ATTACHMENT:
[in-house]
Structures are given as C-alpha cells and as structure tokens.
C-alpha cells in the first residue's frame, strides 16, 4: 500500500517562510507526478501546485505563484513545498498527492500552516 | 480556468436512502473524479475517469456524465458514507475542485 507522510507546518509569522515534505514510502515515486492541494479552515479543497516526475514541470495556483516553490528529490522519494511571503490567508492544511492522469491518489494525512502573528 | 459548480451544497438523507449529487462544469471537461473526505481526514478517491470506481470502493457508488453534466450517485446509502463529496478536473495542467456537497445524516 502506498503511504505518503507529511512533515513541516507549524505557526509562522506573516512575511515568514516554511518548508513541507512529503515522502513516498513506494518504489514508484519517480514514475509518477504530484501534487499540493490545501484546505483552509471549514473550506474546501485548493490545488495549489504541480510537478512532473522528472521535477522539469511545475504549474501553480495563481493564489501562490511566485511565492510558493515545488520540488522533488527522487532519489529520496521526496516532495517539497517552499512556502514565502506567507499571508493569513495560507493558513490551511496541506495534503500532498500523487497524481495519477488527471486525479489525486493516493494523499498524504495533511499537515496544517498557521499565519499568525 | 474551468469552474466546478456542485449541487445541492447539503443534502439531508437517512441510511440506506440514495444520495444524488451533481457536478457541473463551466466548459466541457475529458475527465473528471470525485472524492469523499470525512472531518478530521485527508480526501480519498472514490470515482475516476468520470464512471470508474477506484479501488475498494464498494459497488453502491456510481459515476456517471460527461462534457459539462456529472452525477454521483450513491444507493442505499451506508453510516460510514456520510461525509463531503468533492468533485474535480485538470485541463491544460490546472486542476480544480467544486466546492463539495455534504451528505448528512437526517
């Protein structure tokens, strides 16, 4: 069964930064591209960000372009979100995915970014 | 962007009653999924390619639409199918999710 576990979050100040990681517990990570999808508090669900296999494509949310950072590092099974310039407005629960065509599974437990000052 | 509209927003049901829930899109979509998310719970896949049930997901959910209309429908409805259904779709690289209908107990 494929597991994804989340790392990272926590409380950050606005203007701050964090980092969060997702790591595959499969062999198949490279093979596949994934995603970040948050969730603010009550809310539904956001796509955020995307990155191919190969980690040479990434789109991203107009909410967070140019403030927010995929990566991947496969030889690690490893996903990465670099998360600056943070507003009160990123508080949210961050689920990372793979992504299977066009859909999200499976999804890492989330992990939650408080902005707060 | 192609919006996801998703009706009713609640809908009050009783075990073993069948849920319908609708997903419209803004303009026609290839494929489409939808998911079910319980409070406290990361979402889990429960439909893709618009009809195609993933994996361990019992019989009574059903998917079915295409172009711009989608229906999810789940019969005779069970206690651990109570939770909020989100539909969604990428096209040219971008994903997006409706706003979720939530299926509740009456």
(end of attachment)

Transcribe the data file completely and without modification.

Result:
[in-house]
Structures are given as C-alpha cells and as structure tokens.
C-alpha cells in the first residue's frame, strides 16, 4: 500500500517562510507526478501546485505563484513545498498527492500552516 | 480556468436512502473524479475517469456524465458514507475542485 507522510507546518509569522515534505514510502515515486492541494479552515479543497516526475514541470495556483516553490528529490522519494511571503490567508492544511492522469491518489494525512502573528 | 459548480451544497438523507449529487462544469471537461473526505481526514478517491470506481470502493457508488453534466450517485446509502463529496478536473495542467456537497445524516 502506498503511504505518503507529511512533515513541516507549524505557526509562522506573516512575511515568514516554511518548508513541507512529503515522502513516498513506494518504489514508484519517480514514475509518477504530484501534487499540493490545501484546505483552509471549514473550506474546501485548493490545488495549489504541480510537478512532473522528472521535477522539469511545475504549474501553480495563481493564489501562490511566485511565492510558493515545488520540488522533488527522487532519489529520496521526496516532495517539497517552499512556502514565502506567507499571508493569513495560507493558513490551511496541506495534503500532498500523487497524481495519477488527471486525479489525486493516493494523499498524504495533511499537515496544517498557521499565519499568525 | 474551468469552474466546478456542485449541487445541492447539503443534502439531508437517512441510511440506506440514495444520495444524488451533481457536478457541473463551466466548459466541457475529458475527465473528471470525485472524492469523499470525512472531518478530521485527508480526501480519498472514490470515482475516476468520470464512471470508474477506484479501488475498494464498494459497488453502491456510481459515476456517471460527461462534457459539462456529472452525477454521483450513491444507493442505499451506508453510516460510514456520510461525509463531503468533492468533485474535480485538470485541463491544460490546472486542476480544480467544486466546492463539495455534504451528505448528512437526517
């Protein structure tokens, strides 16, 4: 069964930064591209960000372009979100995915970014 | 962007009653999924390619639409199918999710 576990979050100040990681517990990570999808508090669900296999494509949310950072590092099974310039407005629960065509599974437990000052 | 509209927003049901829930899109979509998310719970896949049930997901959910209309429908409805259904779709690289209908107990 494929597991994804989340790392990272926590409380950050606005203007701050964090980092969060997702790591595959499969062999198949490279093979596949994934995603970040948050969730603010009550809310539904956001796509955020995307990155191919190969980690040479990434789109991203107009909410967070140019403030927010995929990566991947496969030889690690490893996903990465670099998360600056943070507003009160990123508080949210961050689920990372793979992504299977066009859909999200499976999804890492989330992990939650408080902005707060 | 192609919006996801998703009706009713609640809908009050009783075990073993069948849920319908609708997903419209803004303009026609290839494929489409939808998911079910319980409070406290990361979402889990429960439909893709618009009809195609993933994996361990019992019989009574059903998917079915295409172009711009989608229906999810789940019969005779069970206690651990109570939770909020989100539909969604990428096209040219971008994903997006409706706003979720939530299926509740009456």